US closer to testing engineered mosquitoes that could fight Zika
CALIFORNIA – US health regulators have cleared the way for a trial of genetically modified mosquitoes in Florida that can reduce mosquito populations, potentially offering a new tool to fight the local spread of Zika and other viruses.
The US. Food and Drug Administration said on Friday that a field trial testing Intrexon Corp’s (XON.N) genetically engineered mosquitoes would not have a significant impact on the environment. The announcement came as Florida officials grapple with the first cases of local Zika transmission in the continental United States.
Florida health authorities have identified 16 Zika cases spread by local mosquitoes and are ramping up aerial pesticide spraying of a Miami neighborhood where all of the people are believed to have been infected.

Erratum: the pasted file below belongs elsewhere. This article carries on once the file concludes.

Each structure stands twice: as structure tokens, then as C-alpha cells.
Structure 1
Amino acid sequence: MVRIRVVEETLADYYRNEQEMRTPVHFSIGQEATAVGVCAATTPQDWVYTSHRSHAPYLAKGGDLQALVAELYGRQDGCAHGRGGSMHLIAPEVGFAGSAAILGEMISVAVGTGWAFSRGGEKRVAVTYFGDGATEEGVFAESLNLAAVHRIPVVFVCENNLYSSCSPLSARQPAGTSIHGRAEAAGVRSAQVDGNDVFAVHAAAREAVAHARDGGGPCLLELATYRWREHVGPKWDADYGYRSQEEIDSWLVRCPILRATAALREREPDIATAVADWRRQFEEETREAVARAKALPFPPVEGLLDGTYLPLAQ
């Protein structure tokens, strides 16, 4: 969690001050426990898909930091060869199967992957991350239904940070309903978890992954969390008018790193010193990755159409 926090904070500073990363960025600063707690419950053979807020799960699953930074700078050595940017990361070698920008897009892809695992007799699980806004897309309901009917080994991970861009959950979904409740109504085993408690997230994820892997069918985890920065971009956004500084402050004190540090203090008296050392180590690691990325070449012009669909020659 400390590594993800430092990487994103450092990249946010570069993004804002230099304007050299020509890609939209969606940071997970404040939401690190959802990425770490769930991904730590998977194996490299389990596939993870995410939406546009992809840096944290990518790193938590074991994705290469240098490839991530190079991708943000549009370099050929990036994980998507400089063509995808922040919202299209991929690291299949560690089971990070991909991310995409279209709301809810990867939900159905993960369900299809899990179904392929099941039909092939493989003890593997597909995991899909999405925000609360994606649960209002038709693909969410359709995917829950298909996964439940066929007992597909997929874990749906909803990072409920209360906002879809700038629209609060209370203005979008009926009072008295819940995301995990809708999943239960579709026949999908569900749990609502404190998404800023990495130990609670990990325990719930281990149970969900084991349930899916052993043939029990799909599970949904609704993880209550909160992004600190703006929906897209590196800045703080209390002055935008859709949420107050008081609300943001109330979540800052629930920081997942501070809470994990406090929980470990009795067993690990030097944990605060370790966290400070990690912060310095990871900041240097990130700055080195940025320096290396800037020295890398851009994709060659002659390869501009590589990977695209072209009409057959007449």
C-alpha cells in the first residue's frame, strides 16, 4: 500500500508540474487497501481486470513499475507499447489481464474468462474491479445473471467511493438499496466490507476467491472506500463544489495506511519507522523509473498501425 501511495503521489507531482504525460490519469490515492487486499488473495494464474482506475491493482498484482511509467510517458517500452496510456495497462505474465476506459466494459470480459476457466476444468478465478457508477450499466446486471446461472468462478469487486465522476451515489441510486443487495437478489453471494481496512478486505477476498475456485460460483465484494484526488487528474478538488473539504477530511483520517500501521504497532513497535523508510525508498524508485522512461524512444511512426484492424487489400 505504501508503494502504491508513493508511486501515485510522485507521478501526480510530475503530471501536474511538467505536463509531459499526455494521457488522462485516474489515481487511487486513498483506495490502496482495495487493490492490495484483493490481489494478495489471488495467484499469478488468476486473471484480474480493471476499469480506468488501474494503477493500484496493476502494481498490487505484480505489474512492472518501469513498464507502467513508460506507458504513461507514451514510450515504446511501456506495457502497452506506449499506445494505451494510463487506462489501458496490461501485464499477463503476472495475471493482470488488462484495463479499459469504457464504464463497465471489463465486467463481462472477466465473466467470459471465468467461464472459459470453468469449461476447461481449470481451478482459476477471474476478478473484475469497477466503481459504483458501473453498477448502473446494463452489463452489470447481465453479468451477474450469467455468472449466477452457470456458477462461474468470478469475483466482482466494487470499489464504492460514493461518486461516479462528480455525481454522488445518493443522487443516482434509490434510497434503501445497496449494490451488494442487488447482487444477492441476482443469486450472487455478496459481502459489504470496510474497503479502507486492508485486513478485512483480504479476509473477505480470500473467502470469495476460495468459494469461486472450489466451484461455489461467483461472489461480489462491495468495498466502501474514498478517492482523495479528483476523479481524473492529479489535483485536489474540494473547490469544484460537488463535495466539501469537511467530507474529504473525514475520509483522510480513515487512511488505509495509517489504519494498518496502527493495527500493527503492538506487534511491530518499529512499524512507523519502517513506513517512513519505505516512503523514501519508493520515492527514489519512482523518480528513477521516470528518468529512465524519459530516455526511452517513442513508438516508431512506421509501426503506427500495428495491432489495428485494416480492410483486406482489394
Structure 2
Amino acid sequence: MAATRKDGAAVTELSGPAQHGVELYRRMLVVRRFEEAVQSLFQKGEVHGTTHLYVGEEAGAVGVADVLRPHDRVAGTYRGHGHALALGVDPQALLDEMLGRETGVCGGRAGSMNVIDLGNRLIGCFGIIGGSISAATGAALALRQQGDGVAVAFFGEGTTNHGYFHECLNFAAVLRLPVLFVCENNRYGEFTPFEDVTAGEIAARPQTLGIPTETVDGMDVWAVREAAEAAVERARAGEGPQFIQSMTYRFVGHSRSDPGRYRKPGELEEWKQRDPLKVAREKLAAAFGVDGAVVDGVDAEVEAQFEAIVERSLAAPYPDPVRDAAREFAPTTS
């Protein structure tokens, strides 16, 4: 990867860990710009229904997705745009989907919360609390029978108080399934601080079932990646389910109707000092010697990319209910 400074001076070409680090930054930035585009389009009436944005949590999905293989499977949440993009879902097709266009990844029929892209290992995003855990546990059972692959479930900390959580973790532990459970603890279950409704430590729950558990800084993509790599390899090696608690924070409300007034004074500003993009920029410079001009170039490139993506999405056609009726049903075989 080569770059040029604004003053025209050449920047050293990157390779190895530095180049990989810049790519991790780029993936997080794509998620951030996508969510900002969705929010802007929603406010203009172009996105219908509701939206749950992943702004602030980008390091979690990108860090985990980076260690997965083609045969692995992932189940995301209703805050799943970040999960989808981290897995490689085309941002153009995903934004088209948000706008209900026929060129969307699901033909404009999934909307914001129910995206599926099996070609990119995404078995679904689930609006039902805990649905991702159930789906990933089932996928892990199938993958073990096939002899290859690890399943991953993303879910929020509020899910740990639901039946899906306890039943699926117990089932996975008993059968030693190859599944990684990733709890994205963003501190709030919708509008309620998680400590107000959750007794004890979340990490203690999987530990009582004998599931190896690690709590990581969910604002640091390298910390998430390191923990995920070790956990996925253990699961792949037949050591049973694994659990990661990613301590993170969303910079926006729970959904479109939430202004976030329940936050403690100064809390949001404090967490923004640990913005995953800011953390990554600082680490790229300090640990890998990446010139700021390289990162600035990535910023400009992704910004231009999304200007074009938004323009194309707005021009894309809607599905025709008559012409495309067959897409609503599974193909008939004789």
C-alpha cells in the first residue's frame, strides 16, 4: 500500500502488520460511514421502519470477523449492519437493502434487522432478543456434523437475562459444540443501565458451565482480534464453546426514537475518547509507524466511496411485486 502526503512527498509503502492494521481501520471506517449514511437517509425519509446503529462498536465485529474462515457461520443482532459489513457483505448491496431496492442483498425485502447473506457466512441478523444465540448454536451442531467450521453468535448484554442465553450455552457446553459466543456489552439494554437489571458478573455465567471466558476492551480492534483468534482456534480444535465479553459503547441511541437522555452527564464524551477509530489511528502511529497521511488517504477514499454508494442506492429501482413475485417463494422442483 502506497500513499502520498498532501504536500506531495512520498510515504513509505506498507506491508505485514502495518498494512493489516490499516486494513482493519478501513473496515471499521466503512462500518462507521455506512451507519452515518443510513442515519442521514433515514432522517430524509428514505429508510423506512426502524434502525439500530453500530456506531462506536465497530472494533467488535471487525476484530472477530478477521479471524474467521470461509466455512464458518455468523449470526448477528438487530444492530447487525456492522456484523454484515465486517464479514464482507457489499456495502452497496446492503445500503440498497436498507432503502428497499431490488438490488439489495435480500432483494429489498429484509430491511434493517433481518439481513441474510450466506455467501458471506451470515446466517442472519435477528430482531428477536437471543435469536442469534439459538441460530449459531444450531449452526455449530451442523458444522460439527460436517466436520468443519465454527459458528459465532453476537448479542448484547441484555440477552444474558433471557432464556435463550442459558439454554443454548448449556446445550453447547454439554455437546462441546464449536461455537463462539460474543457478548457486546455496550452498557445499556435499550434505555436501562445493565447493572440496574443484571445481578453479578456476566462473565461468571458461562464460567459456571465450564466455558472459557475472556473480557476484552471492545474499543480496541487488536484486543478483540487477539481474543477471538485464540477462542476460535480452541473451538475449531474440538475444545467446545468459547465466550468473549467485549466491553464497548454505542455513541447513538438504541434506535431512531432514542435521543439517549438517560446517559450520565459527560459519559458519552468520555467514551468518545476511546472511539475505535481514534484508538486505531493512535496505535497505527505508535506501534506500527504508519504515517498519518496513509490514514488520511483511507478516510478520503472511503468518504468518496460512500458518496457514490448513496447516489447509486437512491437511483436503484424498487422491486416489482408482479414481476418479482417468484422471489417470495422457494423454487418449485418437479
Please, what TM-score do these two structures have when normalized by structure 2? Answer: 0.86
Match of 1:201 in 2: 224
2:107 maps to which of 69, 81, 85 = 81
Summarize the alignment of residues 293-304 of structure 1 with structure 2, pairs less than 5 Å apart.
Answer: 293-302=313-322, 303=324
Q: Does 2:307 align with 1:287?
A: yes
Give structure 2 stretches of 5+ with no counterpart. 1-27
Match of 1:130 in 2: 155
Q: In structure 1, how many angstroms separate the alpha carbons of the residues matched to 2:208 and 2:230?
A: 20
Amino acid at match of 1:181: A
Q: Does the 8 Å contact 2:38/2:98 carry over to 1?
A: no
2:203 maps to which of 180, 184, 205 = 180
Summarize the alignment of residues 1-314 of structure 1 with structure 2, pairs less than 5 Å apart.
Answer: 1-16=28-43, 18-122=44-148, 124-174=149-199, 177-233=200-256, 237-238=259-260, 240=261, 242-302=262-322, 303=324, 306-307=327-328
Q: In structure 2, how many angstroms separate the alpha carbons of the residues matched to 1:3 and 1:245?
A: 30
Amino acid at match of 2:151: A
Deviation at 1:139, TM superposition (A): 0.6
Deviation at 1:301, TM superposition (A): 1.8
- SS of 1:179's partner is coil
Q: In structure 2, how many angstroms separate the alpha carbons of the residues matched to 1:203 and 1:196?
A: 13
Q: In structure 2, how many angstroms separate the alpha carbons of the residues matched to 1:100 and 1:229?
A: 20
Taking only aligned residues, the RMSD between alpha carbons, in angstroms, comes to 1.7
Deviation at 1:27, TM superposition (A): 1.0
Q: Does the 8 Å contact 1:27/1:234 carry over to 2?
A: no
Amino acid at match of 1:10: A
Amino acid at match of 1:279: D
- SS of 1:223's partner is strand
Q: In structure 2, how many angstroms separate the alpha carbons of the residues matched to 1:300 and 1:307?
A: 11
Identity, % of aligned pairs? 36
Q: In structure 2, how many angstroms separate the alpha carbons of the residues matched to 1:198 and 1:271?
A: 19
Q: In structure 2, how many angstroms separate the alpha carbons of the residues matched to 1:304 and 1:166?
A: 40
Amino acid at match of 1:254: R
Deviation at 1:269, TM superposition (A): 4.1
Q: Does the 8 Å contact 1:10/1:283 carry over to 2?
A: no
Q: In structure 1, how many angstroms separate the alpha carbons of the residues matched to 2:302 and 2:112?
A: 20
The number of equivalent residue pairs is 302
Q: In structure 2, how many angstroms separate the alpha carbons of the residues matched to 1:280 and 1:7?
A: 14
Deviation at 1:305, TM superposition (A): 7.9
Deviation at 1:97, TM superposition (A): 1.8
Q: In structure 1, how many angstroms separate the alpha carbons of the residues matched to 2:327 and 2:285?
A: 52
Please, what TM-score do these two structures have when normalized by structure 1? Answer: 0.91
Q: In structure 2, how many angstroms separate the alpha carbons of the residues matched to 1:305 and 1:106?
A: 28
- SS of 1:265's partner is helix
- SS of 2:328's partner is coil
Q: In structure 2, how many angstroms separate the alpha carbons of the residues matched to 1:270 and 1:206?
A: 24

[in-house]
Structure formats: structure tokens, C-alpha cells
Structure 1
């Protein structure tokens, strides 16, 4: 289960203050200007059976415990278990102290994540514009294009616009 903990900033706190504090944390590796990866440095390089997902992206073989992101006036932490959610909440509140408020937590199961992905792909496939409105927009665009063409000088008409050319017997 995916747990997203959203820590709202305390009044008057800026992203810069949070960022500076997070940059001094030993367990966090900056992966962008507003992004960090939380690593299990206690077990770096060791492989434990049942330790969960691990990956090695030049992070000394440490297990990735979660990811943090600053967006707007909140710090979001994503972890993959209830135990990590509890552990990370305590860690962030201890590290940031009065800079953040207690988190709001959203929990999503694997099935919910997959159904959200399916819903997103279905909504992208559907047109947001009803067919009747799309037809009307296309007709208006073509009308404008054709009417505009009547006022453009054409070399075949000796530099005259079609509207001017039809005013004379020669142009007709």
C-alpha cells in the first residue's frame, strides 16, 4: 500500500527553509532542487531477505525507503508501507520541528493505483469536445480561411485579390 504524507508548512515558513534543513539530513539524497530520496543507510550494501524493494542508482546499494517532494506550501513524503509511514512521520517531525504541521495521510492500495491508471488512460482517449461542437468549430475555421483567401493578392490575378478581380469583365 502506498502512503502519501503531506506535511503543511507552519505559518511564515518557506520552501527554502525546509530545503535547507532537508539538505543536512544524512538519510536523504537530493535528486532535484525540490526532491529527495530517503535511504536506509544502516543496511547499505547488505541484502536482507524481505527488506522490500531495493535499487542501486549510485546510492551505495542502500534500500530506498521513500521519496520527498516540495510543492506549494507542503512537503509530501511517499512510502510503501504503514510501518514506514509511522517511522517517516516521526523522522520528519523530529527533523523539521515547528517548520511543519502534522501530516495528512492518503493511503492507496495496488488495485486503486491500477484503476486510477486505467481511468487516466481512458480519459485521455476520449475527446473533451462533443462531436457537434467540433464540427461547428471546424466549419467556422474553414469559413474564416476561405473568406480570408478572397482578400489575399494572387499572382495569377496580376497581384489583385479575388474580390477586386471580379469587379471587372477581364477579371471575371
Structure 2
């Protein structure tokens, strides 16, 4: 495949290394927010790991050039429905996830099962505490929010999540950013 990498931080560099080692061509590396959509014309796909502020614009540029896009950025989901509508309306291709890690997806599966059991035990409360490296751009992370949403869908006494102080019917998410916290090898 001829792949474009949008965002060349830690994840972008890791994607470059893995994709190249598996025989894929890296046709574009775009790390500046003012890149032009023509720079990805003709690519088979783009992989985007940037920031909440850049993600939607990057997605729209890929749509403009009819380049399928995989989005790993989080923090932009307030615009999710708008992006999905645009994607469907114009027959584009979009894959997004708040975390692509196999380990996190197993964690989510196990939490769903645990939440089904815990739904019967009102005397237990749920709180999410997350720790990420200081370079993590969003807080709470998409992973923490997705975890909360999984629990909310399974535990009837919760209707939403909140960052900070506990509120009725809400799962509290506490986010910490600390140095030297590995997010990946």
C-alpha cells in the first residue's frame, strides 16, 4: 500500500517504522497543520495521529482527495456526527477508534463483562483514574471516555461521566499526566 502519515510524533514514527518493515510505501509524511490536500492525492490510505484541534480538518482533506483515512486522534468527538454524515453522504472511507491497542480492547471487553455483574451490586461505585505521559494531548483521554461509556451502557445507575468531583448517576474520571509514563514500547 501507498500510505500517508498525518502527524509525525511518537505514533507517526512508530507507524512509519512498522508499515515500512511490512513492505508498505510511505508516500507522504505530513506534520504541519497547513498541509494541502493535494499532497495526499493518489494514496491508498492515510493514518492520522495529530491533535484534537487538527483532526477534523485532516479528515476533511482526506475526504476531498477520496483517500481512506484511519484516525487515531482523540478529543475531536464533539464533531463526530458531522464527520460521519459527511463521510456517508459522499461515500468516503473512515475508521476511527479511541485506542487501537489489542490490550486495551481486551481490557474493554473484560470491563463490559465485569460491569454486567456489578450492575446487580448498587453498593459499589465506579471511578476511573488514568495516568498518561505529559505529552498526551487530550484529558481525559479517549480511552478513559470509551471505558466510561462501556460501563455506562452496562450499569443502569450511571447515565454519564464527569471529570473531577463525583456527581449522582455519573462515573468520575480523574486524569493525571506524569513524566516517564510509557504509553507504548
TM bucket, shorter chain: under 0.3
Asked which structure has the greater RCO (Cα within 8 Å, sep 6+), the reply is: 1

Pregnant women are most at risk from Zika, which can cause a rare birth defect in fetuses called microcephaly. The Zika outbreak was first detected last year in Brazil and has spread rapidly in the Americas, primarily through mosquito bite.
Intrexon’s Oxitec unit has been working for years to kick off a trial in the Florida Keys to assess the effectiveness of its mosquitoes to reduce levels of the insects that carry diseases, including Zika, dengue, Yellow Fever and chikungunya.
The Oxitec method involves inserting an engineered gene into male Aedes aegypti mosquitoes. When they mate with female mosquitoes in the wild, they produce offspring that cannot survive to adulthood.
The FDA has been reviewing Oxitec’s application for use of its technology as an investigational new animal drug. Its environmental assessment helps clear the way for the company to begin a clinical trial in Key Haven, Florida that would test whether the genetically modified mosquitoes will suppress the wild populations over time.